There has been some recognition hyperlexia is a superability, due to it far exceeding expected norms. However, it’s important to keep in mind the early development of hyperlexia in the 1960s included an additional neurodevelopmental disorder and is often associated with autism spectrum disorder.
Other forms of neurodiversity
Other forms of neurodiversity include Tourette’s syndrome, synesthesia (where several senses are stimulated simultaneously, such as associating numbers with color), and epilepsy.
Chronic mental health illnesses, from OCD, depression, and bipolar disorder, are forms of neurodiversity, too. As is handedness — in fact, the brains of left-handed people differ so much from right-handed people that they’re not used in brain studies due to problems with data.
The benefits of neurodiversity
The Neurodiversity Movement attempts to celebrate difference as key to moving humanity forward and contributing to growth across wider groups of people.
Far from being outcasts of society, neurodivergent people offer valuable insights. Author and neurodiversity advocate John Elder Robinson, who himself had undiagnosed Asperger syndrome, wrote for Psychology Today:
“If 99 neurologically identical people fail to solve a problem, it’s often the 1 percent fellow who’s different who holds the key. Yet that person may be disabled or disadvantaged most or all of the time. To neurodiversity proponents, people are disabled because they are at the edges of the bell curve, not because they are sick or broken.”
A different type of one percent
Robin’s approach to championing the 1 percent is demonstrated by savant syndrome.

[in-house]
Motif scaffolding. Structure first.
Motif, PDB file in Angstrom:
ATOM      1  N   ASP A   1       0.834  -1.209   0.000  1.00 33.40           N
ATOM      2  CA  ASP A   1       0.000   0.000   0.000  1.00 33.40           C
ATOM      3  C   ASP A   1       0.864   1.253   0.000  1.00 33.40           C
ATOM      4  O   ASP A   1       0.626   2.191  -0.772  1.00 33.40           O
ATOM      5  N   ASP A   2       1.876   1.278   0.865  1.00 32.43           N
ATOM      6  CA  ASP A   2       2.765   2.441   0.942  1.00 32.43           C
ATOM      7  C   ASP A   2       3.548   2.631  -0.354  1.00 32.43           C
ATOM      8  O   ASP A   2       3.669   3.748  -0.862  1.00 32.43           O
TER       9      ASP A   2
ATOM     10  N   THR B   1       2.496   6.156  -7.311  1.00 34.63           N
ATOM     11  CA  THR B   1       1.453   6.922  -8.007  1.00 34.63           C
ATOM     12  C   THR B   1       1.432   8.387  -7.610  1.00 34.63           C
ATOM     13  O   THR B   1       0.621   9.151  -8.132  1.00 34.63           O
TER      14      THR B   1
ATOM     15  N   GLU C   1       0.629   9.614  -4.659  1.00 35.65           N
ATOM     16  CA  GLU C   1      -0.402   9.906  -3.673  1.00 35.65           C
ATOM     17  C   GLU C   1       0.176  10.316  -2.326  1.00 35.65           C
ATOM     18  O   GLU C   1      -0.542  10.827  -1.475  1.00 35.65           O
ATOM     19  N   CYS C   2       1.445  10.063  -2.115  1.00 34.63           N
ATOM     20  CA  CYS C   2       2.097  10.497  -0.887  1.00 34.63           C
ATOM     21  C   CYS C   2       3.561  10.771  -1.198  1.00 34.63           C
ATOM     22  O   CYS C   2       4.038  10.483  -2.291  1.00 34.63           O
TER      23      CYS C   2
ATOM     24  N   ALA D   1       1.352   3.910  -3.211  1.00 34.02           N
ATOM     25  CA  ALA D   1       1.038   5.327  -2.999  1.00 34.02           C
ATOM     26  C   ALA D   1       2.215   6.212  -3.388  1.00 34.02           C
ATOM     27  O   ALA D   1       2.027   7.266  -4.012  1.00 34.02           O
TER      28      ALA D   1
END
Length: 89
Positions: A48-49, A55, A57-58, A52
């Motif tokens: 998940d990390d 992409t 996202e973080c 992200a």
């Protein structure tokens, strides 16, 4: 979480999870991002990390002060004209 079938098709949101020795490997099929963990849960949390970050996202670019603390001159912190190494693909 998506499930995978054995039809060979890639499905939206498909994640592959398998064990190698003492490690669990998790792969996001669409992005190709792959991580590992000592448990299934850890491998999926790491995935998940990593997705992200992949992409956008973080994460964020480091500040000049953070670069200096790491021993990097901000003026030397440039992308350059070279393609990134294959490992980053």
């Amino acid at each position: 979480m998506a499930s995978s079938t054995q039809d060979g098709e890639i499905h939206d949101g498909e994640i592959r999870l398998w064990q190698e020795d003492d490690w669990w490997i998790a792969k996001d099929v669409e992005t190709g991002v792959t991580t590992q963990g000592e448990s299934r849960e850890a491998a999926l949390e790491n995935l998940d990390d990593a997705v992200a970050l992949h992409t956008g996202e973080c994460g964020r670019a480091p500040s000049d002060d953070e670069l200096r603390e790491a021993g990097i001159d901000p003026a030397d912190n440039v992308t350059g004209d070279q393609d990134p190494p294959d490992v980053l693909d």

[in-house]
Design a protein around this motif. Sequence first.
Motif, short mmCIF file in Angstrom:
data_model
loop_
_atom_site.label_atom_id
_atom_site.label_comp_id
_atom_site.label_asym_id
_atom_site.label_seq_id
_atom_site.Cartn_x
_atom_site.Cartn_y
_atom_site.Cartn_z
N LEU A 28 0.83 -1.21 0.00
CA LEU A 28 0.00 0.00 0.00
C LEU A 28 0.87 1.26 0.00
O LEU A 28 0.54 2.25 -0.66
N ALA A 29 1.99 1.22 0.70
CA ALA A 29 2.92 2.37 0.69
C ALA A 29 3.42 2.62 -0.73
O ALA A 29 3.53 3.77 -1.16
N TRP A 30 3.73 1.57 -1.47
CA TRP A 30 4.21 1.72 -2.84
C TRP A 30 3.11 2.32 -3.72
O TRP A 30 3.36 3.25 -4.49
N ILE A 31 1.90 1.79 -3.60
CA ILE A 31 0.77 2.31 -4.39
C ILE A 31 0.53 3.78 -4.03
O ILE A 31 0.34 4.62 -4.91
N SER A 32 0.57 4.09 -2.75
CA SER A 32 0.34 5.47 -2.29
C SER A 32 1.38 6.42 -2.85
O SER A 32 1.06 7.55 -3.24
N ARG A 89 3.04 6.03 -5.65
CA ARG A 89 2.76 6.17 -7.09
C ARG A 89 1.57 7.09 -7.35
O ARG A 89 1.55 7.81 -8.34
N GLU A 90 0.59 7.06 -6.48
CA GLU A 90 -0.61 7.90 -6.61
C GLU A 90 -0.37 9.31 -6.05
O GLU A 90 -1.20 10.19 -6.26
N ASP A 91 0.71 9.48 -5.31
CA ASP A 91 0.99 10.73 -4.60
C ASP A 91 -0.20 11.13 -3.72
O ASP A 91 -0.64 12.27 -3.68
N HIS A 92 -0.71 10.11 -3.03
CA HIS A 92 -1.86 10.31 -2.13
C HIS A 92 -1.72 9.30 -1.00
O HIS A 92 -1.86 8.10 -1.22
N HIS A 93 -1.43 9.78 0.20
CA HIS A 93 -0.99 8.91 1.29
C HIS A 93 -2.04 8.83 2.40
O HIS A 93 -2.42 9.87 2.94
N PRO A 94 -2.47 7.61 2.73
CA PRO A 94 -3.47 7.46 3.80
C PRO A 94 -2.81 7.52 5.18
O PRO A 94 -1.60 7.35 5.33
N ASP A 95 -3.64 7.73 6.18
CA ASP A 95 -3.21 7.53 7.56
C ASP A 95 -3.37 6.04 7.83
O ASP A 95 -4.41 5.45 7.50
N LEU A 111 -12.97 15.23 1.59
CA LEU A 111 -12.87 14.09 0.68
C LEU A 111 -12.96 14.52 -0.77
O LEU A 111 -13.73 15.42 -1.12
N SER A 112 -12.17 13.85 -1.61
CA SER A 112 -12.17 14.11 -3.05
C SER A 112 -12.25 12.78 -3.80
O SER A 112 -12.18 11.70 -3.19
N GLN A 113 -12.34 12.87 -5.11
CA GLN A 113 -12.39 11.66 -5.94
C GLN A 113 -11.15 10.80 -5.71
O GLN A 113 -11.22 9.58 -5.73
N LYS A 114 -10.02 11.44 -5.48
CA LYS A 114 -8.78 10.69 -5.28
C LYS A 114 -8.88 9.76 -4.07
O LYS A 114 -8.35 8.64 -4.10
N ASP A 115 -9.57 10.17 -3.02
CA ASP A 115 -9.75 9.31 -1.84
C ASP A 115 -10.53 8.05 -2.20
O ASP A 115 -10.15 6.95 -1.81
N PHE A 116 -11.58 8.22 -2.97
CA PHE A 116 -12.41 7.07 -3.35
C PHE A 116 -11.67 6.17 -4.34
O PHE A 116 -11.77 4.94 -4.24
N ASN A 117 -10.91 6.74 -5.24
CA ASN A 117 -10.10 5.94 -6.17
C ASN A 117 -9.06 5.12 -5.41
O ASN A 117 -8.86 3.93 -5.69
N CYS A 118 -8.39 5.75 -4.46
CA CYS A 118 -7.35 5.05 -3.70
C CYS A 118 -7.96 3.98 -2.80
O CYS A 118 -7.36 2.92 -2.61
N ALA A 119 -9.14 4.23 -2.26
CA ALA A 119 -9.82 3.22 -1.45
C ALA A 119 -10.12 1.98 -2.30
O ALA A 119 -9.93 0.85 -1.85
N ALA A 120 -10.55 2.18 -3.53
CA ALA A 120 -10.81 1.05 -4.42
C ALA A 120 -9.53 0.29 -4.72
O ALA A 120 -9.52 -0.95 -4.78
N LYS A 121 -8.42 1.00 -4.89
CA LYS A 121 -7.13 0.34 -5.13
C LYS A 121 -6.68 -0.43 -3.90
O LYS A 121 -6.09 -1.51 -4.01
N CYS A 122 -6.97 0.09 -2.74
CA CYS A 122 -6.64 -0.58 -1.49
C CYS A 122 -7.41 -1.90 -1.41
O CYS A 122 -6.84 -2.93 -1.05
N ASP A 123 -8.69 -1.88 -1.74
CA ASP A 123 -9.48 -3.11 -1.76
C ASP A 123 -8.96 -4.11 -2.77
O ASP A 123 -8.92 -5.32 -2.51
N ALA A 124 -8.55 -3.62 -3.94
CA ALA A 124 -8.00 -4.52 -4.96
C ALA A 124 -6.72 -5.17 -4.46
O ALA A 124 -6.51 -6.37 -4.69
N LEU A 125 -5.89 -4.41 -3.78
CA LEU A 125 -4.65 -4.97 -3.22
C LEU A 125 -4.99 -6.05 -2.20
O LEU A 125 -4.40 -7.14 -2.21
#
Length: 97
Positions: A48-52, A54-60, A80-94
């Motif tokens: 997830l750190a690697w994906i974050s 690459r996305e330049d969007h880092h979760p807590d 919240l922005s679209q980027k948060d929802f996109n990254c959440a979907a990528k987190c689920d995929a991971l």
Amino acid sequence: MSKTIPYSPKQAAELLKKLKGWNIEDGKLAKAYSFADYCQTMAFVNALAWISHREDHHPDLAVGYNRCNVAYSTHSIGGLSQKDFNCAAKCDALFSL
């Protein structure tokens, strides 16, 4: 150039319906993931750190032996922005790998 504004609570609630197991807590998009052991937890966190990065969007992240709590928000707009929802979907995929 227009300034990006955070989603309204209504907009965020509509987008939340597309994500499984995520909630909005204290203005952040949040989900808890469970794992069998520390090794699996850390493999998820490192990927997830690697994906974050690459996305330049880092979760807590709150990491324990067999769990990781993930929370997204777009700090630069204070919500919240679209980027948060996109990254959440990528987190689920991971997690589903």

This is the term given to those whose neurodiversity causes them to far exceed averages in other areas — like those with hyperlexia who have exceptional skills with language. It is estimated around half of people with autism, for example, are “autistic savants,” who demonstrate exceptional abilities in other areas.
Savant skills are typically associated with five key areas: art, memory, arithmetic, musical abilities, and spatial skills. When thinking of savants, most people might recollect the 1988 movie, Rain Man. The movie was inspired by Kim Peek, a neurodivergent individual who had exceptional memory abilities; during his life, he memorized over 12,000 books.
However, it’s not only in extremes that benefits are found, as savants still represent a small number of neurodivergent people. Most of us can acknowledge that there is much, much room for improvement in the world as a whole. To make progress, we must come up with original ideas, and new ways of thinking. Neurodiversity is one cause of new ideas and new approaches that can benefit all areas of life.
In recent times, a big benefit of the neurodiversity movement is that businesses are being more considerate of hiring a neurodiverse workforce. Not viewing a person for how well they fit into conventional norms allows their natural talents to excel.